The Senate is currently weighing a substantial military aid package for Israel.

Kissinger obit » Henry Kissinger has died at the age of 100.

As a Jewish teenager, he fled Nazi Germany with his family, settling in New York in 1938.

He went on to become an influential statesman. Kissinger exerted uncommon influence on global affairs as national security adviser and secretary of state under presidents Richard Nixon and Gerald Ford.

He’s heard here in a recorded phone call informing then-President Nixon that North Vietnam agreed to continue the release of U.S. prisoners of war.

NIXON: Mr. Kissinger, the president.
KISSINGER: Mr. President.
NIXON: Oh, hi, Henry.
KISSINGER: Just wanted you to know we’ve won.
NIXON: Oh really?
NIXON: That’s great. Tell me about it.

He used secret channels to pursue ties between the United States and China. And he negotiated the Paris Peace Accords to end U.S. involvement in Vietnam.

Kissinger was credited with many diplomatic achievements, including easing tensions with the Soviet Union. But he also had his share of critics. Some assailed him over his role in certain U.S. policies in Southeast Asia and for his support of authoritarian regimes in Latin America.

At age 99, he was still out on tour for his book on leadership.

Henry Kissinger died at his home in Connecticut.

Biden probe » House Republicans are firing back at Hunter Biden after the president’s son said this week that he’ll testify publicly, but does not want to do so behind closed doors. He said Republicans could manipulate private testimony in the press.

But Congresswoman Nancy Mace said lawmakers questioned Donald Trump’s son privately.

MACE: Don Jr. sat for not one, but two depositions before Congress. So, Hunter Biden, what are you so afraid of?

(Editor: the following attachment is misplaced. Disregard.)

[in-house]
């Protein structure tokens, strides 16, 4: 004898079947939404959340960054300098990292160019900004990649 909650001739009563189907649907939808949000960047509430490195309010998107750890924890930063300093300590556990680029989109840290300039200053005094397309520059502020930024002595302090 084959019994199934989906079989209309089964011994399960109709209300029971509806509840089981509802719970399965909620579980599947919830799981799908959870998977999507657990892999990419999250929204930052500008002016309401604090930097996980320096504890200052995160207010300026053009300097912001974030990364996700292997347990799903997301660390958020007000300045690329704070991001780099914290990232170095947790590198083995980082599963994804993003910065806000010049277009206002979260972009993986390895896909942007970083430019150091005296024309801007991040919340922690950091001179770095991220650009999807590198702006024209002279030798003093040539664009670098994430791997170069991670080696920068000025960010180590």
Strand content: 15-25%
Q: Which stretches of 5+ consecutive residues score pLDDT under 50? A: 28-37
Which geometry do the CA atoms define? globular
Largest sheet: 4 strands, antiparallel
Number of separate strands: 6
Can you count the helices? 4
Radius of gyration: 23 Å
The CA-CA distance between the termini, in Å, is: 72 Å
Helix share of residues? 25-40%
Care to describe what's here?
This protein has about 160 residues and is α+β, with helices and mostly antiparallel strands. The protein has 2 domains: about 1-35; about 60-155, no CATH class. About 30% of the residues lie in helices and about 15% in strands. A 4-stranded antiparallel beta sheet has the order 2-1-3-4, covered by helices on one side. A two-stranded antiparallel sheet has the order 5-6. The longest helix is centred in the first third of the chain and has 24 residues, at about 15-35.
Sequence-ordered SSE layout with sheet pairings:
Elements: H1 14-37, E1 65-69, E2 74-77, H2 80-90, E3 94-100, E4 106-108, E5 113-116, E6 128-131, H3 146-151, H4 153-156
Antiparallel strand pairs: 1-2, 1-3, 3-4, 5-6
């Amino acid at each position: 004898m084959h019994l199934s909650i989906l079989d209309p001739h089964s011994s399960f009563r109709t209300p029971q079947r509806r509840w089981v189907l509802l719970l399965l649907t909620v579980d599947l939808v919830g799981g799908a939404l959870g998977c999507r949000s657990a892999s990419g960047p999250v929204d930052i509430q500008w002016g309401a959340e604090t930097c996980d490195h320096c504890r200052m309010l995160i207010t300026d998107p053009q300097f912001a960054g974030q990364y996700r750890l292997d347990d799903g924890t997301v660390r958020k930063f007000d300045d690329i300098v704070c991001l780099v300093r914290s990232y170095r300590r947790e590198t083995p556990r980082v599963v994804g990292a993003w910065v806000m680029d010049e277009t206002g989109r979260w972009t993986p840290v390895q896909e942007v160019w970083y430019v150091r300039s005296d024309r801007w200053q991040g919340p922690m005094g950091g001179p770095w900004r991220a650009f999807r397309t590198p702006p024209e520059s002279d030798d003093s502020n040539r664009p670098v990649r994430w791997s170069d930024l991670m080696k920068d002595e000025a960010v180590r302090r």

Republicans say President Biden was inappropriately tied to Hunter’s business dealings.

The White House says the ongoing impeachment inquiry is purely a political witch hunt.

Electric cars » A new survey suggests that electric cars are less reliable than gas-powered vehicles. WORLD’s Josh Schumacher has more.

JOSH SCHUMACHER: Consumer Reports surveyed well over 300,000 owners of electric vehicles—or E-Vs. And those owners reported roughly 80 percent more problems than owners of conventional cars.

Jake Fisher, senior director of auto testing at Consumer Reports … noted that E-Vs are still relatively new. And he said, “It’s not surprising that they’re having growing pains and need some time to work out the bugs.”

Meantime, nearly 4,000 car dealers across the country penned an open letter to President Biden this week. They’re calling on him to pump the brakes on proposed regulations that would require that E-Vs make up two-thirds of all new cars by 2032.

The dealers say the demand just isn't there yet and that unsold E-Vs are piling up on their lots.

For WORLD, I’m Josh Schumacher.

I'm Kent Covington.

Straight ahead: Chatbots for the church. Plus, getting around language barriers to provide medical care for immigrants.

Time for news. Here’s Kent Covington.

WORLD Radio transcripts are created on a rush deadline. This text may not be in its final form and may be updated or revised in the future. Accuracy and availability may vary. The authoritative record of WORLD Radio programming is the audio record.